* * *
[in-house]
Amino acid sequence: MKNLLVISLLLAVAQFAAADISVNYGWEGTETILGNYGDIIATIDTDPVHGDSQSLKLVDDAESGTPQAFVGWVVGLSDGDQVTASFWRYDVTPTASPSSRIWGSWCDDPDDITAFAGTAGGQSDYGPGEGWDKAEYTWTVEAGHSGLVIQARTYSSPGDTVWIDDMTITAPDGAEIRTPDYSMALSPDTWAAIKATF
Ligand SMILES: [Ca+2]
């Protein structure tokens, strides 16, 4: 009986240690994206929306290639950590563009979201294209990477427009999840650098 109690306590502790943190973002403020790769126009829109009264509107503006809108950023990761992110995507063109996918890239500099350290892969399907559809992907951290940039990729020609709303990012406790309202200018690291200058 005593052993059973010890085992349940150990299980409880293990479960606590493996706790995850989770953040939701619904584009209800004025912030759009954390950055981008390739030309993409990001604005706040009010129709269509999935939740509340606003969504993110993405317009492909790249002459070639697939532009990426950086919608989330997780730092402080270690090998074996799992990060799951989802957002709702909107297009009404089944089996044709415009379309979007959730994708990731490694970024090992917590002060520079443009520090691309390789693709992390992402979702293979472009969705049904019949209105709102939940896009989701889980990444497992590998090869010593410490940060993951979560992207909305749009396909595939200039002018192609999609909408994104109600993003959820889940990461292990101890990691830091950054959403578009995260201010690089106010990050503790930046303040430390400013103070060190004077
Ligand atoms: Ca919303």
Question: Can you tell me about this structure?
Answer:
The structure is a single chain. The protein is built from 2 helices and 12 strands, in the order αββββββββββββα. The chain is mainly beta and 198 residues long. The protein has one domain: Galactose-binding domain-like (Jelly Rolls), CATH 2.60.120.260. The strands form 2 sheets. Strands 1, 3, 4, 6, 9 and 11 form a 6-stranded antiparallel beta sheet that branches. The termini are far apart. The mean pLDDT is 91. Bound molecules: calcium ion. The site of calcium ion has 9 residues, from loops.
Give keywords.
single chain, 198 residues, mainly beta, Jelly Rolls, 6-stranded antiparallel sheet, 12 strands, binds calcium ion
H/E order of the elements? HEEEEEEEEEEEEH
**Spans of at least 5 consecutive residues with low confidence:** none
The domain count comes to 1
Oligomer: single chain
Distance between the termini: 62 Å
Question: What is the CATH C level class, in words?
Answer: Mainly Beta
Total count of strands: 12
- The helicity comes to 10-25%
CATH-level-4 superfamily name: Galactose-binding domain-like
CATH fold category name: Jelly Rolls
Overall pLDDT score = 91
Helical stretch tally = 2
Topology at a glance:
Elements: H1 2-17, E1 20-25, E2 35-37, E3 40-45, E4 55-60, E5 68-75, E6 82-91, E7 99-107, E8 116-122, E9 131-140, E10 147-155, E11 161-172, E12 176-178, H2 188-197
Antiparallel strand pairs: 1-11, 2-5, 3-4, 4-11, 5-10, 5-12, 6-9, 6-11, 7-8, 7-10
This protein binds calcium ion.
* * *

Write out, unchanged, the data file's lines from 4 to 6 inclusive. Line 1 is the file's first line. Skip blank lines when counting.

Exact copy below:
């Protein structure tokens, strides 16, 4: 009986240690994206929306290639950590563009979201294209990477427009999840650098 109690306590502790943190973002403020790769126009829109009264509107503006809108950023990761992110995507063109996918890239500099350290892969399907559809992907951290940039990729020609709303990012406790309202200018690291200058 005593052993059973010890085992349940150990299980409880293990479960606590493996706790995850989770953040939701619904584009209800004025912030759009954390950055981008390739030309993409990001604005706040009010129709269509999935939740509340606003969504993110993405317009492909790249002459070639697939532009990426950086919608989330997780730092402080270690090998074996799992990060799951989802957002709702909107297009009404089944089996044709415009379309979007959730994708990731490694970024090992917590002060520079443009520090691309390789693709992390992402979702293979472009969705049904019949209105709102939940896009989701889980990444497992590998090869010593410490940060993951979560992207909305749009396909595939200039002018192609999609909408994104109600993003959820889940990461292990101890990691830091950054959403578009995260201010690089106010990050503790930046303040430390400013103070060190004077
Ligand atoms: Ca919303």
Question: Can you tell me about this structure?